They are over priced crap that uses crap rounds: .223 and that funky 7.62 that the AK uses. SHIT unless you need to kill people.

I would strongly disagree about 7.62x39. It is actually a very fine round for medium-sized game such as deer: in terms of terminal ballistics, it is very similar to .30-30, which is an extremely popular hunting cartridge, but 7.62x39 has superior ballistics and a flatter shooting trajectory. And SKS, chambered in it, is still one of the cheapest rifles on the market, cheaper than most American made bolt actions.

Re:rant from a gun nut (5, Informative)

felrom (2923513) | about 4 months ago | (#45769617)

Try as you might, your attempt to come across as a "gun person" fails miserably.

AR15s make wonderful hunting weapons. Many companies make AR15s with specific features chosen for hunting. Here are a couple:
http://rockriverarms.com/index.cfm?fuseaction=category.display&category_id=552 [rockriverarms.com]
http://www.dpmsinc.com/KINGS-DEAERT-SHADOW_ep_146-1.html [dpmsinc.com]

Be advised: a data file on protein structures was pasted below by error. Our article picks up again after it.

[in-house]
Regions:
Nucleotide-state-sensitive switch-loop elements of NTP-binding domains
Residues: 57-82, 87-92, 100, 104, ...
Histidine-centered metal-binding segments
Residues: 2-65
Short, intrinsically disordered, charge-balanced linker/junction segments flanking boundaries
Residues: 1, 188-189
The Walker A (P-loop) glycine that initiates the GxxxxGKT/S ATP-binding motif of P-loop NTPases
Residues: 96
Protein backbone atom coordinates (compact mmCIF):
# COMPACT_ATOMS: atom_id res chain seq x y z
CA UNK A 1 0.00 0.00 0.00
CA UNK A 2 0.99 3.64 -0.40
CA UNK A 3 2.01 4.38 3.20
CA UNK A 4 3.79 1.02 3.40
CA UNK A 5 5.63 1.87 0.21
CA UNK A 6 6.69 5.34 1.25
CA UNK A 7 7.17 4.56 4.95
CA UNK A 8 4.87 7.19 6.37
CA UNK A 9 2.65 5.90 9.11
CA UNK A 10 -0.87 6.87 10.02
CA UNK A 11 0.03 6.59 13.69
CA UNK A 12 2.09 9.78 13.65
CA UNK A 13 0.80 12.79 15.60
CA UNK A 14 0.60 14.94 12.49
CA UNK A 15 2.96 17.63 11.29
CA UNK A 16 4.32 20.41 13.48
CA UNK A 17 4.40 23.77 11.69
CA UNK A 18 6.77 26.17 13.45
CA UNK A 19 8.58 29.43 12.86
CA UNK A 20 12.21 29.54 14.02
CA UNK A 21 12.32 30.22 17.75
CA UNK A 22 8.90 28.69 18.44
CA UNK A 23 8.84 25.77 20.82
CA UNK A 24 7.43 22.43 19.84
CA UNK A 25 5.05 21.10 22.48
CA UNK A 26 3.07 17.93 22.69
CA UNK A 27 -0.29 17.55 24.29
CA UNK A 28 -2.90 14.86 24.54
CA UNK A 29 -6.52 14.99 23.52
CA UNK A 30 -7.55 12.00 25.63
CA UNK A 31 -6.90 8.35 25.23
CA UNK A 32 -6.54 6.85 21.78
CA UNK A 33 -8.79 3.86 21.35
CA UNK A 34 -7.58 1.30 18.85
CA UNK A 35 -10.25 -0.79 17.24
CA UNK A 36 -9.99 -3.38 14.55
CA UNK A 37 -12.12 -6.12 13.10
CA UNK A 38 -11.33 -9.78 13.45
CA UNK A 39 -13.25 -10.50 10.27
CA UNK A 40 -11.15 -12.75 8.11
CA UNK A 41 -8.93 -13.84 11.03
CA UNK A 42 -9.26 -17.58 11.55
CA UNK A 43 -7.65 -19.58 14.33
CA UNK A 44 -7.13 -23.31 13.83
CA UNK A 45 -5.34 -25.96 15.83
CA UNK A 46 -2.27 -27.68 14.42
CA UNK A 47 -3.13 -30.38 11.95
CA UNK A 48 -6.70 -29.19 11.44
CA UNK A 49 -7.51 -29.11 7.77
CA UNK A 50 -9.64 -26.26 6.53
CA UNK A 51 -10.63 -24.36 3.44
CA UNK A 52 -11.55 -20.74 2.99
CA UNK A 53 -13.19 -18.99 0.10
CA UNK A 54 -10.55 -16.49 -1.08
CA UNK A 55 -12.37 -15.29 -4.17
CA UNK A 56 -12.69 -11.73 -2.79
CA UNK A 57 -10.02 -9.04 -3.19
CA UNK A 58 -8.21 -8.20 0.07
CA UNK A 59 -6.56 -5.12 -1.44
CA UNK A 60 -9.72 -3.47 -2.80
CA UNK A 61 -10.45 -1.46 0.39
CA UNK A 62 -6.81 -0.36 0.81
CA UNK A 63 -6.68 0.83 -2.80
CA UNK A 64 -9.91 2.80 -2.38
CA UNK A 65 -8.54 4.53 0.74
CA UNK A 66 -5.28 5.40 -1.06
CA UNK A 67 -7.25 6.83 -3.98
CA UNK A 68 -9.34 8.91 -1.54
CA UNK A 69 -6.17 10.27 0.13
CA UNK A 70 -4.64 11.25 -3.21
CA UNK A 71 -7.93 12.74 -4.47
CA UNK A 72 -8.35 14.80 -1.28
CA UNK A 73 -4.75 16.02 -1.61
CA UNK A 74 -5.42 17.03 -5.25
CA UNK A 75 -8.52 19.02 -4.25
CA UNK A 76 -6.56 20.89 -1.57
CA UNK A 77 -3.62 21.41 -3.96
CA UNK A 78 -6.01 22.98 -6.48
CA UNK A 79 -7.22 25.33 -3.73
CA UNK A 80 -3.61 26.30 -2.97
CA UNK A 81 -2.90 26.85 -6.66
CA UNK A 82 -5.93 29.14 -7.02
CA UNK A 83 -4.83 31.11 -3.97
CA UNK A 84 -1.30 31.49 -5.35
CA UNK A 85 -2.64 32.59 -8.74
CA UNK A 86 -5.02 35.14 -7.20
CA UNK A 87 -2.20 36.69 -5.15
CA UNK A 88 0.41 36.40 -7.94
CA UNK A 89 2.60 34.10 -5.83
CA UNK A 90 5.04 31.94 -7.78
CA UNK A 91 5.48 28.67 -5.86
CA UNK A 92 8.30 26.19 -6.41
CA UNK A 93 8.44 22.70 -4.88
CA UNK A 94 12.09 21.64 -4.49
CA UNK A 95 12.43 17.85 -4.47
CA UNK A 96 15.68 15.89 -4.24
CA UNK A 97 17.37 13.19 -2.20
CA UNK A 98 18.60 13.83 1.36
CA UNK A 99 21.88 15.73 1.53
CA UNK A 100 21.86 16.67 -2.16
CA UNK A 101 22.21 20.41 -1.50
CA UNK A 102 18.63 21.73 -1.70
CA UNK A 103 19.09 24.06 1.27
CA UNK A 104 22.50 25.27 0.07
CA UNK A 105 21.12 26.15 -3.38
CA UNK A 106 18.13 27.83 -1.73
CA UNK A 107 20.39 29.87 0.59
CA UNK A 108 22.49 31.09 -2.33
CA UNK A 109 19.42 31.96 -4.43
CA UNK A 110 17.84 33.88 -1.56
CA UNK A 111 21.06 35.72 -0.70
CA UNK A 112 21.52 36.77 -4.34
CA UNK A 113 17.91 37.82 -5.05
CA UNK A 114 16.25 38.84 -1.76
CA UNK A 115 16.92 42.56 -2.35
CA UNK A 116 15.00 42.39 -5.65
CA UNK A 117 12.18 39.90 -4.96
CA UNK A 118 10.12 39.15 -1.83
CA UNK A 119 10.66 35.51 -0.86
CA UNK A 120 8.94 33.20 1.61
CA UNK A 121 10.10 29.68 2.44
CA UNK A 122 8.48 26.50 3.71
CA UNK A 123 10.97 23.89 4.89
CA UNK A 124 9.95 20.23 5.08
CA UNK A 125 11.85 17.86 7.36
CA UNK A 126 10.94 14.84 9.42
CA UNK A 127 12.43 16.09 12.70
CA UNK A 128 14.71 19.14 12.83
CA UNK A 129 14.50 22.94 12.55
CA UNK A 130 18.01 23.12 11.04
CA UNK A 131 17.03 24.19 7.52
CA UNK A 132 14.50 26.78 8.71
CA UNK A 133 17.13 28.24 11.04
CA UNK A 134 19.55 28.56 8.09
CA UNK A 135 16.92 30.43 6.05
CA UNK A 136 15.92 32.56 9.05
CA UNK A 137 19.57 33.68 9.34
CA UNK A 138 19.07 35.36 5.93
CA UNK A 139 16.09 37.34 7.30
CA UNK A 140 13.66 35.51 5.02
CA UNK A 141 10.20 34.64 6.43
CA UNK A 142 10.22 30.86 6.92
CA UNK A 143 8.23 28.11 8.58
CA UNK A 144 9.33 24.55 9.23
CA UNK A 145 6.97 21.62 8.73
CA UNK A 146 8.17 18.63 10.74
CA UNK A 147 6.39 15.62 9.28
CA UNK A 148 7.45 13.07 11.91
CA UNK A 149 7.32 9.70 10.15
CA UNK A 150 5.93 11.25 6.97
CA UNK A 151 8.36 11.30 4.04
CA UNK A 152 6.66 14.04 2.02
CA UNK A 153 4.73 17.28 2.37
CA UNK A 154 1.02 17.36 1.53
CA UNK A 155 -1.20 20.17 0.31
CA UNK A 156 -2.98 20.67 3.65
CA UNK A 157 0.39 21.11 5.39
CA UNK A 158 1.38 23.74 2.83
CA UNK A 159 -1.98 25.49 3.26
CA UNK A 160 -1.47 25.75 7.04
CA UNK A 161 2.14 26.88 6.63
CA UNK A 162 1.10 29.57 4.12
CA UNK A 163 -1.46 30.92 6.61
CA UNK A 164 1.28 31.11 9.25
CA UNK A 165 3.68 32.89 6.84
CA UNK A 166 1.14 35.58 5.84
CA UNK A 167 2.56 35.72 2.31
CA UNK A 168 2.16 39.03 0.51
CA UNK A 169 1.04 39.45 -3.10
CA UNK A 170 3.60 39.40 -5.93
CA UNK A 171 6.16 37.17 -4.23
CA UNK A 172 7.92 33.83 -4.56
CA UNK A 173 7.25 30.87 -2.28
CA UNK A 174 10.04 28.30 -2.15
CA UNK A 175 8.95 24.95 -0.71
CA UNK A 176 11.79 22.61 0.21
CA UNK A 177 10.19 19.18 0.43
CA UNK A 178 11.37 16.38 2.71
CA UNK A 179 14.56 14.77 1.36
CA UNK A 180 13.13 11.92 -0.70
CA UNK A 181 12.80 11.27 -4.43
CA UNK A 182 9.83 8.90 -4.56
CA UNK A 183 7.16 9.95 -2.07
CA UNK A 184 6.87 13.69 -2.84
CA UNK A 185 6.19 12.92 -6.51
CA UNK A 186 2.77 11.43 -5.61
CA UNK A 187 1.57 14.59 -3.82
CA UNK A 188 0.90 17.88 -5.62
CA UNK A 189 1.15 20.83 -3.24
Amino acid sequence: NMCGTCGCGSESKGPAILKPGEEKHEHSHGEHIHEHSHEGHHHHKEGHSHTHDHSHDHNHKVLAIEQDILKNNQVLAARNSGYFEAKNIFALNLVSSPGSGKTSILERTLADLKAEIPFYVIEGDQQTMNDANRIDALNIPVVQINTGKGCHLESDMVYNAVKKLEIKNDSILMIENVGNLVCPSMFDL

Typically they include a flattop upper receiver, a low profile gas block, skeletonized stocks, and a free-float hand guard.

The standard .223 round is more than sufficient for North American animals up to moose-size when using the proper loading: a 75grain BTHP. And many ammunition manufacturers offer .223 loadings specifically for hunting with an AR15. This is one of many fine examples:
http://www.hornady.com/store/223-Rem-75-gr-BTHP-Match/ [hornady.com]

Additionally, anyone with more than a passing knowledge of guns and AR15s would know that the platform does not only come in .223. In the last 5 years there has been a surge in popularity of upper receivers chambered in calibers such as 6.5 Grendal, 6.8 SPC and 300 Blackout. Additionally, the venerable .308 has been an option for AR-style guns for almost 50 years. While not being a necessity for using an AR15 to hunt with, these other optional calibers provide longer range hunting options.

But if you still believe that it's impossible to hunt with an AR15, please, whatever you do, don't tell the hundreds of people who posted pictures of their hunting ARs along with trophies in these two threads: